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Student newspaper serving Tulane University, Uptown New Orleans

The Tulane Hullabaloo

Student newspaper serving Tulane University, Uptown New Orleans

The Tulane Hullabaloo

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New Tulane AI policy to prioritize academic integrity, innovation

New AI technology prompts Tulane to adjust academic integrity policies. (Graphic by Jordyn Remmes)

Tulane University will not ban the use of ChatGPT — and other similar machine learning and deep learning technologies — on its campus. In fact, Tulane encourages both its students and faculty to engage with and explore the uses of AI programming. The university has established new infrastructure to ensure that researchers carry out their work with AI in the most efficient and ethical ways possible. 

In an email to students and faculty, President Mike Fitts said that the university’s goal is to “harness the exciting promise AI holds to advance our institutional mission and the lives of the members of the Tulane community.” 

ChatGPT’s release has raised concerns about academic integrity. The software can generate homework and test responses, and this form of cheating cannot be detected by the software that is traditionally used to identify plagiarism. AI technology also poses problems regarding reliability and inclusivity, including fears for how it will impact intellectual property rights. 

Any form of AI assistance on homework, quizzes and tests that goes beyond the scope of grammar and spell checking is not in compliance with Tulane’s Code of Academic Conduct. It is also prohibited by the university’s academic integrity policies, according to a letter to professors from Provost Robin Forman. 

This summer, Tulane created the Connolly Alexander Institute for Data Science and the Center for Community-Engaged Artificial Intelligence to design AI systems that are fair, transparent and accountable. The Data Hub was renamed after a $12 million donation from Tulane alumni Libby and Robert Alexander to support data literacy. 

The Data Hub first launched in 2021 and began its first course, Introduction to Data, this semester. The center also provides grants to undergraduate students in fields of data science. 

Tulane’s third center focused on AI and data research is the Jurist Center for Artificial Intelligence. The center, which intends to ensure research and education in AI and related fields, supports a healthier and more connected global community, according to an article in Tulanian Magazine.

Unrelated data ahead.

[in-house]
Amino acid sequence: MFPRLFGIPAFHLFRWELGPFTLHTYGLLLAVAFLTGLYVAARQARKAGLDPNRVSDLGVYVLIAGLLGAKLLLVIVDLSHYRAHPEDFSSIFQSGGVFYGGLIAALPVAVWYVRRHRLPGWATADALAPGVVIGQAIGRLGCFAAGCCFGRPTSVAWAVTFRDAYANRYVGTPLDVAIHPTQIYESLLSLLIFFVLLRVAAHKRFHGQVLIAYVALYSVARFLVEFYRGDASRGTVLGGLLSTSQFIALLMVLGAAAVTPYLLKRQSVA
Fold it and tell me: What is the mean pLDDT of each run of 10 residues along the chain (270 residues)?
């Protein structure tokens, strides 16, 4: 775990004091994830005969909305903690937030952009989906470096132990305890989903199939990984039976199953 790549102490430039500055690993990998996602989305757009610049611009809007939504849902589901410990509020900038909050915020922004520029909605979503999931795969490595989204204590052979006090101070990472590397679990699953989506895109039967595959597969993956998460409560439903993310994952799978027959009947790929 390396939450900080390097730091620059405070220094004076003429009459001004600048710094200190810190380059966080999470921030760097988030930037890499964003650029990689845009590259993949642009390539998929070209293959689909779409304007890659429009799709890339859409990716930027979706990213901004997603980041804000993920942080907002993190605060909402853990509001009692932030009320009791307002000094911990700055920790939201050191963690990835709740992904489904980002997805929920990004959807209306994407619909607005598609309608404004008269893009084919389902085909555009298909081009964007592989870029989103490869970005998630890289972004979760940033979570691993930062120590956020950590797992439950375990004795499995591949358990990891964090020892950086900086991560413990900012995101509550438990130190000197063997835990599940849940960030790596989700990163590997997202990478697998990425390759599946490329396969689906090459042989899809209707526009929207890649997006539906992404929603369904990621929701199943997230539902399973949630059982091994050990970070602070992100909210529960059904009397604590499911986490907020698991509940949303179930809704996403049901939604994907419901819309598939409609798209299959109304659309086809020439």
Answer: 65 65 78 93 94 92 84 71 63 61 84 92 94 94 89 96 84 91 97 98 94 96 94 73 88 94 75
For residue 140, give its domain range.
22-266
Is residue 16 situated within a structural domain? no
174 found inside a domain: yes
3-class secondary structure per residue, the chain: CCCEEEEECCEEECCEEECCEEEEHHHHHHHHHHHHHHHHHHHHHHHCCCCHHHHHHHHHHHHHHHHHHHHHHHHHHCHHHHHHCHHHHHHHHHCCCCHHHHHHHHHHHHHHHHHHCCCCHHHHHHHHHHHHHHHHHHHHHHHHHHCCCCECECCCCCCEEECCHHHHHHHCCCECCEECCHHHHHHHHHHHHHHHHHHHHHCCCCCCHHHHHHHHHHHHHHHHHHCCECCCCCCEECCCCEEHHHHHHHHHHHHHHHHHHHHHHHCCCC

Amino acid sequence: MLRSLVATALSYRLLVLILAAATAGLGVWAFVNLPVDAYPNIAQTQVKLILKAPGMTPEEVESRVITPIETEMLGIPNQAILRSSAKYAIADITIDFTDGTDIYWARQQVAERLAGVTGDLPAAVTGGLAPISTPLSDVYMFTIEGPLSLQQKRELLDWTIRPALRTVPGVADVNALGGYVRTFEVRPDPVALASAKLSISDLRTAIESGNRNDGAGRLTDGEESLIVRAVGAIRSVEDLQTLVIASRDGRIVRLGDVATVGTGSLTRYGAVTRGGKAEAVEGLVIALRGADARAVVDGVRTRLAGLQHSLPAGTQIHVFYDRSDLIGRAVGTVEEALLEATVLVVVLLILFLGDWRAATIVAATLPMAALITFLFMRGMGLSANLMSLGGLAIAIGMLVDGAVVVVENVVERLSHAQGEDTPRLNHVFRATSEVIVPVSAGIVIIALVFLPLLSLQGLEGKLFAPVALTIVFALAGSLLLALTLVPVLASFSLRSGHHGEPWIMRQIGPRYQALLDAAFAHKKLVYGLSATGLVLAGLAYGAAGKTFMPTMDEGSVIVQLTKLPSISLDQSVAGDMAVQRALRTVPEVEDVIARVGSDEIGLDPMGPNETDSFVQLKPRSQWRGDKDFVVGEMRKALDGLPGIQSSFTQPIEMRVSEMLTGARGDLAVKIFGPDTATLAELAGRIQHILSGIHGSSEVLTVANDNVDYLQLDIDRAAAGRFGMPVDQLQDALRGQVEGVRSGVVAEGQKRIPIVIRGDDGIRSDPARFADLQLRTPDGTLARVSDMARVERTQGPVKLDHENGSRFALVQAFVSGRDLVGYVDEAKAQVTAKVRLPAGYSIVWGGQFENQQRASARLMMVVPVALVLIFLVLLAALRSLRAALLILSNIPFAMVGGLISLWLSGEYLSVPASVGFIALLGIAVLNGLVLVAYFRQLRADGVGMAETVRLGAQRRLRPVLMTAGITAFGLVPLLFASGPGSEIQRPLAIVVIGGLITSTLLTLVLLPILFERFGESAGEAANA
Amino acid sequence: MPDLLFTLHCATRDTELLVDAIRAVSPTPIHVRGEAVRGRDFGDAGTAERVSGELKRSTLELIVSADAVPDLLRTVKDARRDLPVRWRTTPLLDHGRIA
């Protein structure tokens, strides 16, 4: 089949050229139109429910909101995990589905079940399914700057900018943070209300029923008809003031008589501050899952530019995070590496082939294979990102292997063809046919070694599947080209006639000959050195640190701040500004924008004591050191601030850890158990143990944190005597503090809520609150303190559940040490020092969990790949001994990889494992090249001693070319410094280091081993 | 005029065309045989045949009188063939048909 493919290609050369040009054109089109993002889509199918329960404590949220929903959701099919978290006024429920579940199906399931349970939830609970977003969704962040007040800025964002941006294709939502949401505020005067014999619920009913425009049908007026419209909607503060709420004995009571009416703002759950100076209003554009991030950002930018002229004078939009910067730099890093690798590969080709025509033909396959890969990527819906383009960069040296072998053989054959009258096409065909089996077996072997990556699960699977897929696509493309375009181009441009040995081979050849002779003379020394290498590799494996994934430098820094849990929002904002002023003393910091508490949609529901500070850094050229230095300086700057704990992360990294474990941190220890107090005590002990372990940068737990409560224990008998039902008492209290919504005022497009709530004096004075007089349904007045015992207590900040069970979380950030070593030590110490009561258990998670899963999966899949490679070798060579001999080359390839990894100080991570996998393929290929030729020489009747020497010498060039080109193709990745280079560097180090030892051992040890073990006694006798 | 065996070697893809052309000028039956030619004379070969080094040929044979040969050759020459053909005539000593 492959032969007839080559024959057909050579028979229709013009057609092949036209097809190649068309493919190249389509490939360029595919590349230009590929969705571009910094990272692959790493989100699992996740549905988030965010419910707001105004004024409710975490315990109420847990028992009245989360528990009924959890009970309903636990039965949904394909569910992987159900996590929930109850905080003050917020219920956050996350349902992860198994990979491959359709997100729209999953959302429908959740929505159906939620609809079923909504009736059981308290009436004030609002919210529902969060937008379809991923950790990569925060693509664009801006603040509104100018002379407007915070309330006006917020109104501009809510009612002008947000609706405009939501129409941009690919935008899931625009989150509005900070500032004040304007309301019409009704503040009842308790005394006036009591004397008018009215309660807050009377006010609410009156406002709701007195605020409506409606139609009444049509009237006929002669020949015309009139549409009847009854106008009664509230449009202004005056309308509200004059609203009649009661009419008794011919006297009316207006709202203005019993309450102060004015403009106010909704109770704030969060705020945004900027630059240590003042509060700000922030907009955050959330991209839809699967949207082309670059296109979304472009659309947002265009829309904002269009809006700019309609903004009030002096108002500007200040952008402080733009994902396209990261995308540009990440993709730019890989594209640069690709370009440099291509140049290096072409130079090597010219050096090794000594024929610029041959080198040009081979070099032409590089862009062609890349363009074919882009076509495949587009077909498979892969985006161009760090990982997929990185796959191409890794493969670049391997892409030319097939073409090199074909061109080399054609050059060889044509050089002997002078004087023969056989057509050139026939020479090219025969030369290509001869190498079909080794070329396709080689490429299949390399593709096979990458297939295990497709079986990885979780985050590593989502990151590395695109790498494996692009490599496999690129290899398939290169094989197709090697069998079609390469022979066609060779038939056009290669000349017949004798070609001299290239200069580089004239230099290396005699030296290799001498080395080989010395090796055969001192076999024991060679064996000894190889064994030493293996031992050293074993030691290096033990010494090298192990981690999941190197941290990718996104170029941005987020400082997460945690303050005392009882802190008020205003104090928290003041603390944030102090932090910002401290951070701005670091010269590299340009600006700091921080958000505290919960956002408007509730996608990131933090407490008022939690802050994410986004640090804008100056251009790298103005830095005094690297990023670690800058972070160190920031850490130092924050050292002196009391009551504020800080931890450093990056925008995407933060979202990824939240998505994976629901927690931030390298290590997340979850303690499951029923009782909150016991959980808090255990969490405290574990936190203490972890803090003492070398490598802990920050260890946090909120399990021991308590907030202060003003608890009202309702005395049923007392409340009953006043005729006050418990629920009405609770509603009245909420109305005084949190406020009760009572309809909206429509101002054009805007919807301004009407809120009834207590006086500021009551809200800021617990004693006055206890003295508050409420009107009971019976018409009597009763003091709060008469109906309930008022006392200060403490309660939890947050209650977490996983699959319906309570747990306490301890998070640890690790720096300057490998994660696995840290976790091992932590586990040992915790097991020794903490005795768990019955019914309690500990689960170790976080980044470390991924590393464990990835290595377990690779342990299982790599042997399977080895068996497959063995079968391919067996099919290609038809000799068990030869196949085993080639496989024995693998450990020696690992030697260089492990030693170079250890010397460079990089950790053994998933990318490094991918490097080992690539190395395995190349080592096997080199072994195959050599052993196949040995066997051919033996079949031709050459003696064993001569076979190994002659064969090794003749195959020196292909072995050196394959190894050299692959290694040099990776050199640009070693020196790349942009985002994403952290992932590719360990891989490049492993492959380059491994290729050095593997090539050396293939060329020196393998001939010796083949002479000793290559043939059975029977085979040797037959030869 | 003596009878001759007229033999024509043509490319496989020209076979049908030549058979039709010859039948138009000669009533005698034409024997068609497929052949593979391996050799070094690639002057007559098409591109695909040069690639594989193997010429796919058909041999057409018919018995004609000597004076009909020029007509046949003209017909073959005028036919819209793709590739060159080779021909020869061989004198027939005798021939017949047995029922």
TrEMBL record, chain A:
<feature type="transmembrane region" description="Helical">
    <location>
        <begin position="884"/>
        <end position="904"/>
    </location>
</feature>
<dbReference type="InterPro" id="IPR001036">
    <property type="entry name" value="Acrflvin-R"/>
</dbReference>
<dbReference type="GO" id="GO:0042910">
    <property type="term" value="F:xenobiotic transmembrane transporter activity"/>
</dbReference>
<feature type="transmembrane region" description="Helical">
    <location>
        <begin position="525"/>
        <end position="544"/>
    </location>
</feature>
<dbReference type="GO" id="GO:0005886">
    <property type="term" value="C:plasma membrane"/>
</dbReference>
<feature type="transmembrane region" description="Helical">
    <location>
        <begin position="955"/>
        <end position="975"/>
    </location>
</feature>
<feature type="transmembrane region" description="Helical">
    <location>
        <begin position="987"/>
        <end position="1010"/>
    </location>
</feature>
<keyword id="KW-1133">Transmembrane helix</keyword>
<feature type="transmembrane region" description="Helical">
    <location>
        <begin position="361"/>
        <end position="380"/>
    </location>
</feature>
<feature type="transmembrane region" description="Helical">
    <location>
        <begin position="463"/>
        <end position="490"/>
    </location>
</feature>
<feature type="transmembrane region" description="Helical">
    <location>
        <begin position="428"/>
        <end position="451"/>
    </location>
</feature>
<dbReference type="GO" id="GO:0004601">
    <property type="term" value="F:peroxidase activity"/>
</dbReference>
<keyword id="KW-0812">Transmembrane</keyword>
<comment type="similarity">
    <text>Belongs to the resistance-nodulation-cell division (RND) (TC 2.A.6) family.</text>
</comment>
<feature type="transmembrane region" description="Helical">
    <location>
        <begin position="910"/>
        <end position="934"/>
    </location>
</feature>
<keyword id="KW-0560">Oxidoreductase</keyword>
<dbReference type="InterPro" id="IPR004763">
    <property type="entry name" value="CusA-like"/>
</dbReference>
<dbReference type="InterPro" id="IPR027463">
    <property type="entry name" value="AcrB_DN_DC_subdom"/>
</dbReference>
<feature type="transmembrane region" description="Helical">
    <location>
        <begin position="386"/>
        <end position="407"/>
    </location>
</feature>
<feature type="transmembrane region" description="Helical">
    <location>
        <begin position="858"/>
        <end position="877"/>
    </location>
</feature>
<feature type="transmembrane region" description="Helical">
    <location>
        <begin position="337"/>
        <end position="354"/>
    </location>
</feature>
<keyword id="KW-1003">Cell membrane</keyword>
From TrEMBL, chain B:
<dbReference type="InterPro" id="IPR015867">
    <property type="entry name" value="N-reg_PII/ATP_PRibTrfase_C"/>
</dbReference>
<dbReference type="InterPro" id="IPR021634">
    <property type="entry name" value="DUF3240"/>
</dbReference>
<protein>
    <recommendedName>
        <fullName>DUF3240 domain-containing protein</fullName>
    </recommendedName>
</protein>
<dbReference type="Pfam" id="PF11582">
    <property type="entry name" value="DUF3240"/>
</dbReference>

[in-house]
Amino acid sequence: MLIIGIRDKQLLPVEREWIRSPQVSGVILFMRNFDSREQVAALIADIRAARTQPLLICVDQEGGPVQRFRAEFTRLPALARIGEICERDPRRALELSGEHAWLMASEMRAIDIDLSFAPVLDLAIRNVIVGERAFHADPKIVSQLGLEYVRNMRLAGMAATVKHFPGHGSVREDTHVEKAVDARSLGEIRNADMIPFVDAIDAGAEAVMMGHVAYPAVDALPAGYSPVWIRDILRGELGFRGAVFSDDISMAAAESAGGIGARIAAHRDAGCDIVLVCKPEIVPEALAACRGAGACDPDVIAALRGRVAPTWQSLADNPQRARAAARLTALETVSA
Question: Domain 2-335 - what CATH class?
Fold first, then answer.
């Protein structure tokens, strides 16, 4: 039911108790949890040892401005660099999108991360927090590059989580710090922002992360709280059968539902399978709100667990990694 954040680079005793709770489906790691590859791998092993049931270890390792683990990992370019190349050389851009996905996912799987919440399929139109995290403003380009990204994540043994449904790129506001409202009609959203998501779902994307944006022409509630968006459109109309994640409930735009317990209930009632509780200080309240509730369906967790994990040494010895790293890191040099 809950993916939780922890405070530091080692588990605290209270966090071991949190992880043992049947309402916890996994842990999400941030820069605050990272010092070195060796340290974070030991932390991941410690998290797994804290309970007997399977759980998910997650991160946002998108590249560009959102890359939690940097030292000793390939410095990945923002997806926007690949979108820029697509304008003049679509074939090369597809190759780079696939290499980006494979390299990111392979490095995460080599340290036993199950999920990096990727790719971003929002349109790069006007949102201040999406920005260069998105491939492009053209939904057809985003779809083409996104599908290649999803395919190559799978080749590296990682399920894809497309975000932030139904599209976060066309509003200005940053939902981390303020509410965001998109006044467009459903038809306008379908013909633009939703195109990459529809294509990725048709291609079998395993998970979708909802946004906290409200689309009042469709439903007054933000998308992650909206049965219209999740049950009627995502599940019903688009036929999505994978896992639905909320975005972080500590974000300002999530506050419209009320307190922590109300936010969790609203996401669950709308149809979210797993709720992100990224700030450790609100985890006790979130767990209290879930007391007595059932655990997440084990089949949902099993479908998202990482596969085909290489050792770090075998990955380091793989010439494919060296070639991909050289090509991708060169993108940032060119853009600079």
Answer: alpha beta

However, it remains unclear how the university plans to negate the potential risks that an open-armed embrace of machine learning and deep learning AI on campus could pose to academic honesty and integrity of students. 

A recent survey found that nearly one in three college students nationwide have used ChatGPT on written assignments in the last year. Recently, ChatGPT technology succeeded in passing graduate-level tests at several universities. 

There is not yet a reliable system to detect when a student has used generative AI programs to complete their work. GPTZero is the most accurate detection software available, but studies show that it can still produce false positives. 

In his letter, Forman said professors are encouraged to explore these AI programs for themselves so they can identify the technology’s deficiencies and use those to design coursework in such a way that makes it easier to identify when students use AI software on their assignments.

Forman also said faculty should consider allowing students to experiment with generative AI programs, both to invite innovation and also to prepare them to one day work in a job that could be changed by AI. 

English professor Matthew P. Smith said he has done experimentation with ChatGPT and found that the software does not do well with making value statements. He plans to create writing assignments that encourage students to take a stance and make judgments, as well as use in-person exams. 

“I think oral examinations are one way to figure out how much (students) know of the material,” Smith said. “The downside is that those might be a little intimidating, but I’m hoping it will be more like a conversation where I can get a sense of if the student is learning or not.” 

“ChatGPT presents an opportunity to help students understand how artificial intelligence systems work, how to question easy answers, identify bias, examine dubious claims, apply logic, and form critical arguments,” Fitts wrote in an opinion article for USA Today in April.

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